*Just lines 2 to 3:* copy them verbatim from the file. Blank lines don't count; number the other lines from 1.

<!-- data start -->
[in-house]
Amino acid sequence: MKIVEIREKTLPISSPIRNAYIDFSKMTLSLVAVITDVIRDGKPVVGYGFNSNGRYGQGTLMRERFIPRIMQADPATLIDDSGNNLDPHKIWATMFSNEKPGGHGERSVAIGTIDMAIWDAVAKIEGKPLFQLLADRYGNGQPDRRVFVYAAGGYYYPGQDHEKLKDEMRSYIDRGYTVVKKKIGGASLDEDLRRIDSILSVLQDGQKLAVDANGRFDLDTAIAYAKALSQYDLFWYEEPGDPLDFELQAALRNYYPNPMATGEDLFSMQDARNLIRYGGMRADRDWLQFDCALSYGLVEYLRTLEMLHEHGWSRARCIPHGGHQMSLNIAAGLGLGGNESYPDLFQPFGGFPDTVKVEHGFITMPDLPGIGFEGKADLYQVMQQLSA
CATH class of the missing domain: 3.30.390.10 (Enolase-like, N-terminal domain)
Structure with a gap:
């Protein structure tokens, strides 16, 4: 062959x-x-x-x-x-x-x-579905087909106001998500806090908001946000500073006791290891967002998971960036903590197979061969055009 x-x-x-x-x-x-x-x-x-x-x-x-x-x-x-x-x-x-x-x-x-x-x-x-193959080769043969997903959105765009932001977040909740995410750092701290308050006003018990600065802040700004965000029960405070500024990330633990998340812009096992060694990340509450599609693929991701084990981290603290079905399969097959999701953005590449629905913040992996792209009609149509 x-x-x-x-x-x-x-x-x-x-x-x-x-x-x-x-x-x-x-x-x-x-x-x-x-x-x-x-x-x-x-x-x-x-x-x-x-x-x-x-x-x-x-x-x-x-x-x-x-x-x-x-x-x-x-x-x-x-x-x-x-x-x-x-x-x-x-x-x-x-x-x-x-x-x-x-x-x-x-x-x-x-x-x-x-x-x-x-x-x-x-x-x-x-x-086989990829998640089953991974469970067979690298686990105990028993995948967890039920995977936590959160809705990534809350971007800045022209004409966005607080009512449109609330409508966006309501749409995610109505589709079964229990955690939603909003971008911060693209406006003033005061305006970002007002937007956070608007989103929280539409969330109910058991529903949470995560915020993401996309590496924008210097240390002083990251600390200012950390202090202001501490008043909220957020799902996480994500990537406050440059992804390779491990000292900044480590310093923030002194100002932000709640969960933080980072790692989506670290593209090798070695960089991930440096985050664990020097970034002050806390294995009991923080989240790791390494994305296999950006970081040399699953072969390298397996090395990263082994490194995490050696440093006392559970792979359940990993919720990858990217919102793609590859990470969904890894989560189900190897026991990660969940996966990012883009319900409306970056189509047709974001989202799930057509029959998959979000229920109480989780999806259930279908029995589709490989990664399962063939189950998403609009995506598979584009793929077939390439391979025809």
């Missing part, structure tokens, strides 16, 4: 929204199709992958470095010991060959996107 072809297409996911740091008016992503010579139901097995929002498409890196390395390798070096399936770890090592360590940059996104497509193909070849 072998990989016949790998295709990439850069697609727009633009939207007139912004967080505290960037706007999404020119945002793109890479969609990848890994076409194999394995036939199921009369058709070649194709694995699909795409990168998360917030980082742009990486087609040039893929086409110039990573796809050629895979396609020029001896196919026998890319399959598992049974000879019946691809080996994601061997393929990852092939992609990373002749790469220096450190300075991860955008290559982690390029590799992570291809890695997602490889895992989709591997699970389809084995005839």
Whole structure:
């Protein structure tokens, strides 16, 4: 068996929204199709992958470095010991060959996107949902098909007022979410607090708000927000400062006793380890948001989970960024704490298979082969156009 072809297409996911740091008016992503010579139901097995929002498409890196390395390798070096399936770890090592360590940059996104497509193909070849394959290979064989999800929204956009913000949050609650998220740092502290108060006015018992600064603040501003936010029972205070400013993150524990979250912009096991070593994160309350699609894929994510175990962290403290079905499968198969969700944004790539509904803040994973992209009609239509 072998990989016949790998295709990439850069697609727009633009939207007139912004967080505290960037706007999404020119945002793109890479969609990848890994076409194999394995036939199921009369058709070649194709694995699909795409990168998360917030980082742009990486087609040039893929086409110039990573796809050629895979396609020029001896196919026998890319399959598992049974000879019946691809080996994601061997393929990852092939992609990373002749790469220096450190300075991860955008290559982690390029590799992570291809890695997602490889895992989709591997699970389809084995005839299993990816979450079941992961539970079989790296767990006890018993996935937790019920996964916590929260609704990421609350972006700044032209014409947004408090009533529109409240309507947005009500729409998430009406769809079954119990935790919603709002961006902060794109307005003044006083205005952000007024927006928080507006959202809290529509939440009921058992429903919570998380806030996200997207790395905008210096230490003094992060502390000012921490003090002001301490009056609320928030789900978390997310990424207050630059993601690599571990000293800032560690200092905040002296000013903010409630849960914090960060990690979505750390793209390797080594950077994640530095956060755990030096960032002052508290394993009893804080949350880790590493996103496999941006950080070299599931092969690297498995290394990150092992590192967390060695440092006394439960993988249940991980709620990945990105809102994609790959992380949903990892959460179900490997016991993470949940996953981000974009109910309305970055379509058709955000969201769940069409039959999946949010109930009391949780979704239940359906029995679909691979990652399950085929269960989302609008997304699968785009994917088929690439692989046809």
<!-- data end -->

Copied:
Amino acid sequence: MKIVEIREKTLPISSPIRNAYIDFSKMTLSLVAVITDVIRDGKPVVGYGFNSNGRYGQGTLMRERFIPRIMQADPATLIDDSGNNLDPHKIWATMFSNEKPGGHGERSVAIGTIDMAIWDAVAKIEGKPLFQLLADRYGNGQPDRRVFVYAAGGYYYPGQDHEKLKDEMRSYIDRGYTVVKKKIGGASLDEDLRRIDSILSVLQDGQKLAVDANGRFDLDTAIAYAKALSQYDLFWYEEPGDPLDFELQAALRNYYPNPMATGEDLFSMQDARNLIRYGGMRADRDWLQFDCALSYGLVEYLRTLEMLHEHGWSRARCIPHGGHQMSLNIAAGLGLGGNESYPDLFQPFGGFPDTVKVEHGFITMPDLPGIGFEGKADLYQVMQQLSA
CATH class of the missing domain: 3.30.390.10 (Enolase-like, N-terminal domain)